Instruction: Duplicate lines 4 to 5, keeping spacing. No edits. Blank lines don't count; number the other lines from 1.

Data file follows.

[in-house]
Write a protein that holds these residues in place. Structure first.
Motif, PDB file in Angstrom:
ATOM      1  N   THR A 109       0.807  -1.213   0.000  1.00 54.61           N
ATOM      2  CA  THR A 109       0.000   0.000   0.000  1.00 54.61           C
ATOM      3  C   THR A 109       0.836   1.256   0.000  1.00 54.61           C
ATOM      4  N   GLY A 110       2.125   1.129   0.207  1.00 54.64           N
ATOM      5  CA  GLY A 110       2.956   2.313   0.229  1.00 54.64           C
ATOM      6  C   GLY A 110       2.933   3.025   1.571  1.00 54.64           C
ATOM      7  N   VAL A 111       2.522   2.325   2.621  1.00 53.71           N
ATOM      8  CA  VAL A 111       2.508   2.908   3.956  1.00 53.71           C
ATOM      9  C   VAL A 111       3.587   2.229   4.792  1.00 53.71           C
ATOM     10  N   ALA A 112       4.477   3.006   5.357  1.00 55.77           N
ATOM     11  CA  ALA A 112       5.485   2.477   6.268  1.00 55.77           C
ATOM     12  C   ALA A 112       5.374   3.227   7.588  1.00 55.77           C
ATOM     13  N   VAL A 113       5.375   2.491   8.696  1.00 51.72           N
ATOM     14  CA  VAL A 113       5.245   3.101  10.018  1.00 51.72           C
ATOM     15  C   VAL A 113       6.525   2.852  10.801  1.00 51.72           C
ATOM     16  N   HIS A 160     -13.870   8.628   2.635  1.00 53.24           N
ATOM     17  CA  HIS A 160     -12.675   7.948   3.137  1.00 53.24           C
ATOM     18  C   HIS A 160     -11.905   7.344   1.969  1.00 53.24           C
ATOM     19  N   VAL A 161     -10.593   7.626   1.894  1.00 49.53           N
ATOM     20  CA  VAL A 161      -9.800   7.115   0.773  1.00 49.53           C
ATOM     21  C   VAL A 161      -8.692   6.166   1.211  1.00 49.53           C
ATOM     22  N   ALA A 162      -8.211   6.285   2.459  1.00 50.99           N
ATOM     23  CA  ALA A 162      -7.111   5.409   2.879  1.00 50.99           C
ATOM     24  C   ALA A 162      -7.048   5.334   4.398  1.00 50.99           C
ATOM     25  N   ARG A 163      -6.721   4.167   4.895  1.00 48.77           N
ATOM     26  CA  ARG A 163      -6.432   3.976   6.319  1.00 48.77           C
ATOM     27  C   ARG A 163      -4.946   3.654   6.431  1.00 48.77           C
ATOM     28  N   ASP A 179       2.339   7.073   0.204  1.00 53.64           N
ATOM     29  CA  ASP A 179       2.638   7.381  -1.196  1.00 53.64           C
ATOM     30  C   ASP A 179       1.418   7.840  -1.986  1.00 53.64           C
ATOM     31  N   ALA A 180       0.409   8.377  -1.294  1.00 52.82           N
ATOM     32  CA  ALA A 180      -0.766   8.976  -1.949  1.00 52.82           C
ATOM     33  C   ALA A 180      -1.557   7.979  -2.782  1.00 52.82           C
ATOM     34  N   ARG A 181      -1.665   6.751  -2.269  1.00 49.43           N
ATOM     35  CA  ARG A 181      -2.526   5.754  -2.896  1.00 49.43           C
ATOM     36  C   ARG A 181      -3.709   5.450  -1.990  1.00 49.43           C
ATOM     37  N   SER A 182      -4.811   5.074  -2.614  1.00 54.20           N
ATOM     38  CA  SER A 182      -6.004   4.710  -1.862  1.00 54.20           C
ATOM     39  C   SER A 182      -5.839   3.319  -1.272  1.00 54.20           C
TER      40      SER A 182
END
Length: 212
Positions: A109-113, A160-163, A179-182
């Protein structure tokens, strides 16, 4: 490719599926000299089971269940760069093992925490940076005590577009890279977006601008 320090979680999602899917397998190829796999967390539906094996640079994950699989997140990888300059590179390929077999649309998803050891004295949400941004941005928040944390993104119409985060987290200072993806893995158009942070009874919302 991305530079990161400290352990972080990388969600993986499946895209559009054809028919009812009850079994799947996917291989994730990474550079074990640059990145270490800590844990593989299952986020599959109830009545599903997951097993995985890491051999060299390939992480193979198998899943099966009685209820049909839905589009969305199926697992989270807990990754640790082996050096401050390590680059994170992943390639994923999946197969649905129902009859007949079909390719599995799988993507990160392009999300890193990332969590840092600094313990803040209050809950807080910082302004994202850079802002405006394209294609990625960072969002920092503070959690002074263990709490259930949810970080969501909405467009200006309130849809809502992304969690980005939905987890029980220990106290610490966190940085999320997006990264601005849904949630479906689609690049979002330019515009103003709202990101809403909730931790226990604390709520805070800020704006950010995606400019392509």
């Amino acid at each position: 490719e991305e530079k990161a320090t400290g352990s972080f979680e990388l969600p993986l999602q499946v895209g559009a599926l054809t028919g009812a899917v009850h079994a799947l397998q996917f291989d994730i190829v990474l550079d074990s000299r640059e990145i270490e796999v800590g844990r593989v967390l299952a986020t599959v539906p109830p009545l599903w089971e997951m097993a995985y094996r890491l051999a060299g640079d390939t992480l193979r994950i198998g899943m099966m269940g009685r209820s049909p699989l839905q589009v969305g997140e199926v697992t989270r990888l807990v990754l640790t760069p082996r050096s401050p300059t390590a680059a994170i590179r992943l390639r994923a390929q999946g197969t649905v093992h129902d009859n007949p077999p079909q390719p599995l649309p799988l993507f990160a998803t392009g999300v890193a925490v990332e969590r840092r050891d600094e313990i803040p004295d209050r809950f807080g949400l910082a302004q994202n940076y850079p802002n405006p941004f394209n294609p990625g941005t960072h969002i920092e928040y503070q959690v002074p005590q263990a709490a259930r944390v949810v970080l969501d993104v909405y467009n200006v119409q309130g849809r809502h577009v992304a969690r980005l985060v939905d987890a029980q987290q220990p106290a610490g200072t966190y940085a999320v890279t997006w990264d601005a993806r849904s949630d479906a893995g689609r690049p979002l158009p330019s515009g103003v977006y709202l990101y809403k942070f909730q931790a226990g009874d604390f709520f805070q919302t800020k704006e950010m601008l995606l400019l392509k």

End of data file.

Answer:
ATOM      1  N   THR A 109       0.807  -1.213   0.000  1.00 54.61           N
ATOM      2  CA  THR A 109       0.000   0.000   0.000  1.00 54.61           C